Published on September 10th, 2017 | by Max Cohen0
UN Report Denounces “Extensive” Human Rights Abuses By Venezuelan Government As Opposition Leader’s Wife Is Barred From Leaving Country
By: Max Cohen
Impunity Watch News Reporter, South America
CARACAS, Venezuela – The United Nations has released a report chastising the Venezuelan government over extensive human rights violations committed in the wake of anti-government protests. Additionally, Venezuelan authorities have opened an investigation into Lilian Tintori, the wife of opposition leader Leopoldo Lopez, after allegedly discovering a large amount of cash in her car. She has since been barred from traveling outside the country to attend meetings with European leaders scheduled for the week of September 3rd-9th.
The UN report documents the systematic use of excessive force during demonstrations and the arbitrary detention of protesters, noting that all evidence indicates that these were not the actions of a few isolated officials. It calls on the UN Human Rights Council, of which Venezuela is a member, to take measures to prevent the human rights situation from worsening. Venezuela’s government has slammed the report as shoddy and biased, though the report says that victims’ accounts were consistent and corroborated by medical reports and NGO reports.
The report also indicates that of the 124 deaths linked to the protests, security forces are allegedly responsible for 46, while pro-government armed groups are responsible for 27. More than 5,000 people have been detained since the protests began in April, with 1,000 still being held.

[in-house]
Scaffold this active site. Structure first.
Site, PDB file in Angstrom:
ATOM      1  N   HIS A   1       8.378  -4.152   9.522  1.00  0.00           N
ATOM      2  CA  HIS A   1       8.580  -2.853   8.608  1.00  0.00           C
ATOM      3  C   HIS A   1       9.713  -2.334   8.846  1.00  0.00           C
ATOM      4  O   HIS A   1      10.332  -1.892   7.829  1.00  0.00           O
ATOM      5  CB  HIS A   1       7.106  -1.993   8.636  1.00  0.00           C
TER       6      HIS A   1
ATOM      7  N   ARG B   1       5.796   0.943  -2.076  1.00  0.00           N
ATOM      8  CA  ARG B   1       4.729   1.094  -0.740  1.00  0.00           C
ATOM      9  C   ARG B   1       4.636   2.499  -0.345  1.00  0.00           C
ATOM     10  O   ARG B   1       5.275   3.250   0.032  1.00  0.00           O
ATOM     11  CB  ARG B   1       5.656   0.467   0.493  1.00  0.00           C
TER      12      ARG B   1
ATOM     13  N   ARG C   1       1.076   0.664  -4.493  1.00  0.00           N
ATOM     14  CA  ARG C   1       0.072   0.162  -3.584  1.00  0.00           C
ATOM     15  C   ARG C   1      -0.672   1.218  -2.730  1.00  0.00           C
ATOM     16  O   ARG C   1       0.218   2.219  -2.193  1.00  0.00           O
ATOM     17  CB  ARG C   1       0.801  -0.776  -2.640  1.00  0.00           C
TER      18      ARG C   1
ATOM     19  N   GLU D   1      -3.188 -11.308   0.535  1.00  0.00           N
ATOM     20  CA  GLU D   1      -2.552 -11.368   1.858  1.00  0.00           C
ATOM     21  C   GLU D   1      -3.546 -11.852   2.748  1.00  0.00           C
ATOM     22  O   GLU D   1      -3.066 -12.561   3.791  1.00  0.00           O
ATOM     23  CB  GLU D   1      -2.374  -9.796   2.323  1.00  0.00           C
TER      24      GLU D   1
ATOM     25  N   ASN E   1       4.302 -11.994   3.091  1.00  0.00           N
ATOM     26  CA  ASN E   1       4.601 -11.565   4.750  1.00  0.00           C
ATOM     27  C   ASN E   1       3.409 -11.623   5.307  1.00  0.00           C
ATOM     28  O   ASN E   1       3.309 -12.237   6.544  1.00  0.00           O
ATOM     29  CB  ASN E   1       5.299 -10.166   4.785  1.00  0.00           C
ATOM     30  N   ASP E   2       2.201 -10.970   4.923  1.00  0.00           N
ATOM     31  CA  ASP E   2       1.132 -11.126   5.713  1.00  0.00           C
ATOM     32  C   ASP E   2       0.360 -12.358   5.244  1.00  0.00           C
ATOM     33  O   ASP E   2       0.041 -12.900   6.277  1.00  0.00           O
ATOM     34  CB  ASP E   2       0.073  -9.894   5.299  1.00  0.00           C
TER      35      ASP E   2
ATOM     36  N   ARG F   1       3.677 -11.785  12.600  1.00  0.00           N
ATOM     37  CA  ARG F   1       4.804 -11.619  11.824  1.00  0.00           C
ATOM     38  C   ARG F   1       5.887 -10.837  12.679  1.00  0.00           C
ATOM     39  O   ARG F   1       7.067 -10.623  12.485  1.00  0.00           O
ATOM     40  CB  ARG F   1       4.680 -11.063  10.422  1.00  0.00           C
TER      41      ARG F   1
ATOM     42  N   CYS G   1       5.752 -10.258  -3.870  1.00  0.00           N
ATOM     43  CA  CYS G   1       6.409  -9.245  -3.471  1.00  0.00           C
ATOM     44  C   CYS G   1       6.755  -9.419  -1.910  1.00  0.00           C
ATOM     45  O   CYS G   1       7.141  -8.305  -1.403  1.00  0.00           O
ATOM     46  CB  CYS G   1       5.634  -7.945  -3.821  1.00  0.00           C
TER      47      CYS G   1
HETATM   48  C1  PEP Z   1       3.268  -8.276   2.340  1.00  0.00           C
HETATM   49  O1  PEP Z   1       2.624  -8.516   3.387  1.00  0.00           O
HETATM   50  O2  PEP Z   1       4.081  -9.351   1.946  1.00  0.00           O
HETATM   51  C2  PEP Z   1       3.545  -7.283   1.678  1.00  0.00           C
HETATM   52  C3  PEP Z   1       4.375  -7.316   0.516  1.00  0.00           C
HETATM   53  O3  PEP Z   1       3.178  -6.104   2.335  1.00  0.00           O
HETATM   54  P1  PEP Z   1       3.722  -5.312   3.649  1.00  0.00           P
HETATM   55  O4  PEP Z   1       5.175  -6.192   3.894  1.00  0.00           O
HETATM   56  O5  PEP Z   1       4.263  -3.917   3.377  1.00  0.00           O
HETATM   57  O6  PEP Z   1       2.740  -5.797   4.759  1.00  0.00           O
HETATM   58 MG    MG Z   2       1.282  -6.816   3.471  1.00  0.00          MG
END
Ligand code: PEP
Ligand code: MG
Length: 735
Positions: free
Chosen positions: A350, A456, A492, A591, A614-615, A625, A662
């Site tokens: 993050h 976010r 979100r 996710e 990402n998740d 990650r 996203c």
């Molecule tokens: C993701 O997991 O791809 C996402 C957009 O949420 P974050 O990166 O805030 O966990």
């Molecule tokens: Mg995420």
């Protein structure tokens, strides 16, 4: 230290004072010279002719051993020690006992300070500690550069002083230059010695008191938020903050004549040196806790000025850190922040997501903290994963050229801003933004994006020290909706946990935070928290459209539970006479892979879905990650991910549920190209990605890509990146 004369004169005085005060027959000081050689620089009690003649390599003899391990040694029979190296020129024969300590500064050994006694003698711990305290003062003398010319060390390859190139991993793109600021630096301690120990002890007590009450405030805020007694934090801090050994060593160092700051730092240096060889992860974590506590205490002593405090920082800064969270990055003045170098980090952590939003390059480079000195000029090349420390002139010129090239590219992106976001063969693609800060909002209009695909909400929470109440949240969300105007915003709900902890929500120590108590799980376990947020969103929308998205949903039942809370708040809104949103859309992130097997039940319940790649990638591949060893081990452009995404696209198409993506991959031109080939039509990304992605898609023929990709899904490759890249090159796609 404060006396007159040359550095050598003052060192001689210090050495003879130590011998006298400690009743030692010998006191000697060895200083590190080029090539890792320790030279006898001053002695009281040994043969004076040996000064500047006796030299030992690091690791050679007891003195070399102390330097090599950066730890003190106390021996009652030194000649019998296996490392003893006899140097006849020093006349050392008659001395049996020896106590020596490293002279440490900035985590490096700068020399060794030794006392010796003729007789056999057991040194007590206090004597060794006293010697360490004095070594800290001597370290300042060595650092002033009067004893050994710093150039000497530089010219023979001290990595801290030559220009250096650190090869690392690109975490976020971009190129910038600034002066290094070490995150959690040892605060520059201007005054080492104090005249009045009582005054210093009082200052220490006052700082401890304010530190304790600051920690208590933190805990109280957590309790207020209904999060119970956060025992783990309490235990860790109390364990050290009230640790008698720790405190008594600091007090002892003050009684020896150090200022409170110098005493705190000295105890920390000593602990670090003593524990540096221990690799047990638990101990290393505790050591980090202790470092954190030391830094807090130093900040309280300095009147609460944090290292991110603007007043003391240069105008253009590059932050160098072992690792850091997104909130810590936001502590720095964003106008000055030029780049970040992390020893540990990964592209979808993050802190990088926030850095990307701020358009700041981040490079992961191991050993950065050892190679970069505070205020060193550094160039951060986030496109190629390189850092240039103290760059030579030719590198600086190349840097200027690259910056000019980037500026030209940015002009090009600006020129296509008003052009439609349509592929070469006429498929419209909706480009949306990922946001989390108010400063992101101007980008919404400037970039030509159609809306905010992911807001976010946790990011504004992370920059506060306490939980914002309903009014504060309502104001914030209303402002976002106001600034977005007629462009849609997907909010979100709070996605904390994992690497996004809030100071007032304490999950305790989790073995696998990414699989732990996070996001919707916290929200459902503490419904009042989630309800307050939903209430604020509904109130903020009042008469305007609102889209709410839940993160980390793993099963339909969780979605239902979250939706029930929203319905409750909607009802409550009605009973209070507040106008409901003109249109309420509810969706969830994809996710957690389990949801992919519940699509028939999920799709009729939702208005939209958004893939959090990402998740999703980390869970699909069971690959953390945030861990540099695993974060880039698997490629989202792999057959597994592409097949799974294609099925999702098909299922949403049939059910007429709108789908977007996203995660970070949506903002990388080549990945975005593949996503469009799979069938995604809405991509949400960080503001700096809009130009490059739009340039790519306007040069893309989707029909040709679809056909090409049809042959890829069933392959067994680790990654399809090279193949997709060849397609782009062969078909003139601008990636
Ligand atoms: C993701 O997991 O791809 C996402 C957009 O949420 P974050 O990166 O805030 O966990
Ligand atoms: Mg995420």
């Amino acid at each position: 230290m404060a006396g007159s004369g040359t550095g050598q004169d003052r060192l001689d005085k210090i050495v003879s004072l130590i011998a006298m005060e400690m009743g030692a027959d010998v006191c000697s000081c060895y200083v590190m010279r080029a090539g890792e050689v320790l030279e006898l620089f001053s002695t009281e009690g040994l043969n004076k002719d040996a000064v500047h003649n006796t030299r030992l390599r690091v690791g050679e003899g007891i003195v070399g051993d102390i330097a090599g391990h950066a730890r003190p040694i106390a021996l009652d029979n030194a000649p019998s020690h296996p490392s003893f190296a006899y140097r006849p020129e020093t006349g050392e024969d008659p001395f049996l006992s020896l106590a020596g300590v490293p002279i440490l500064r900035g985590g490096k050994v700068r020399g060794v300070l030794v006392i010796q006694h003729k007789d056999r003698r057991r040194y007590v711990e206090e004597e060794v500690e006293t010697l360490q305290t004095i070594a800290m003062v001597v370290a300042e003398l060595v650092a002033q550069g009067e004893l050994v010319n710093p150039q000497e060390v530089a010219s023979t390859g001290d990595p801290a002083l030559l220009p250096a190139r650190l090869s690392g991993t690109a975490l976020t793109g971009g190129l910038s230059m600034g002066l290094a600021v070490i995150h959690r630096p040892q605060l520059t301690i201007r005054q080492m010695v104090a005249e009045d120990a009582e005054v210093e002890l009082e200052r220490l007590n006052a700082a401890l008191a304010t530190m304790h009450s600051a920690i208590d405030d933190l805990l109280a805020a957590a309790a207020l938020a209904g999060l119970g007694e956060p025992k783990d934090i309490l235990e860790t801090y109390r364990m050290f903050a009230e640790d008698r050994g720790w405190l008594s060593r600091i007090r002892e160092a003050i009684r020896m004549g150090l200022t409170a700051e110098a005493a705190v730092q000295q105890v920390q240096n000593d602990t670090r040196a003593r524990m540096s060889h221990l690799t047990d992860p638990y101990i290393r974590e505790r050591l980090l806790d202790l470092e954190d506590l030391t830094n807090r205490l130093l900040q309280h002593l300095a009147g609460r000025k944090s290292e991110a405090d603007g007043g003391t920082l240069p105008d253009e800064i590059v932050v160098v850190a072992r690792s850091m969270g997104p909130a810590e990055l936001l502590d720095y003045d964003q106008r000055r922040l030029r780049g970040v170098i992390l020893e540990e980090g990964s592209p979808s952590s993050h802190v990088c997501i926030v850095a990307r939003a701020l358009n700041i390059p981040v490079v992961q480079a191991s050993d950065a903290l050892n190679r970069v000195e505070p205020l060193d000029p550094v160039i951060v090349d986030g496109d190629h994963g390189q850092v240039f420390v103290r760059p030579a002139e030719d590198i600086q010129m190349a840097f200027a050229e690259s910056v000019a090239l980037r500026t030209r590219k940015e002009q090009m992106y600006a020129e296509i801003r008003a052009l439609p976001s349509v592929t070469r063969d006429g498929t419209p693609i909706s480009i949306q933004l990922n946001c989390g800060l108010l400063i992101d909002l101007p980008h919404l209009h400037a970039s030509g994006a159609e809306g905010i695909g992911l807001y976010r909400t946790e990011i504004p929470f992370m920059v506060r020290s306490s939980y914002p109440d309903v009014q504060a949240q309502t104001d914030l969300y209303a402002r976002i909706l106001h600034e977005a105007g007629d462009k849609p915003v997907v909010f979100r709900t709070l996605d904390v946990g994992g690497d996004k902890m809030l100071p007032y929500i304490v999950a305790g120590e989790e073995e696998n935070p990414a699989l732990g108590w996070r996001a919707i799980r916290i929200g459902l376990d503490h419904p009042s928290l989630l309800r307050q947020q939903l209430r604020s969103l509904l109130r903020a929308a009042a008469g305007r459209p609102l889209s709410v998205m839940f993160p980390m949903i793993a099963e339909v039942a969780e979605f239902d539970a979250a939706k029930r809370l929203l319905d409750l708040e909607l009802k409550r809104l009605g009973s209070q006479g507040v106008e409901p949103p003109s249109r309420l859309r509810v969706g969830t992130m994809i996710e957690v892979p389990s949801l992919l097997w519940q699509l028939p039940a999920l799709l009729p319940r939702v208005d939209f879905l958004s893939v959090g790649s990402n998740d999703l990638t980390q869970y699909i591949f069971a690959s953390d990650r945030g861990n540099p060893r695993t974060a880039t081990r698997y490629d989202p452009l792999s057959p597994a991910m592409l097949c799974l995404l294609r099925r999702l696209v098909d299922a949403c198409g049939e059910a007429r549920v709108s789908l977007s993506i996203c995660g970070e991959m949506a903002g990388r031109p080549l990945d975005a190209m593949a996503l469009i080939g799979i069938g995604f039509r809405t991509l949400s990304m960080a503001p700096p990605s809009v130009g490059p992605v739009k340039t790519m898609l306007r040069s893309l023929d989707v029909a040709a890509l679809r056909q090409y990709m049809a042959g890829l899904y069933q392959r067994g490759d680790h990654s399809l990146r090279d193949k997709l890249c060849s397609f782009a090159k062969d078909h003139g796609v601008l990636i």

On Thursday, August 31st, Venezuelan authorities discovered around 200 million bolivars, equal to about $60,000, on the nation’s weakest official exchange rate or $10,000 on the more commonly used black market rate, in the car of Lilian Tintori. It’s unclear what crimes she has being investigated for, since possession of cash in Venezuela is not a crime. However, Tintori is convinced that the actions are government sanctioned persecution targeted towards her.
She also claims that the money was to pay for emergencies, including the hospitalization of her grandmother. Tintori claims that cash was necessary since inflation has decimated the value of Venezuela’s currency, and because no bank would give a credit card or open an account for the wife of an opposition leader. She has also since been banned from leaving the country, a move that came a day after she was ordered to appear before a judge on September 5th. Tintori was expected to travel to Europe to convince leaders there to institute sanctions against Venezuela.
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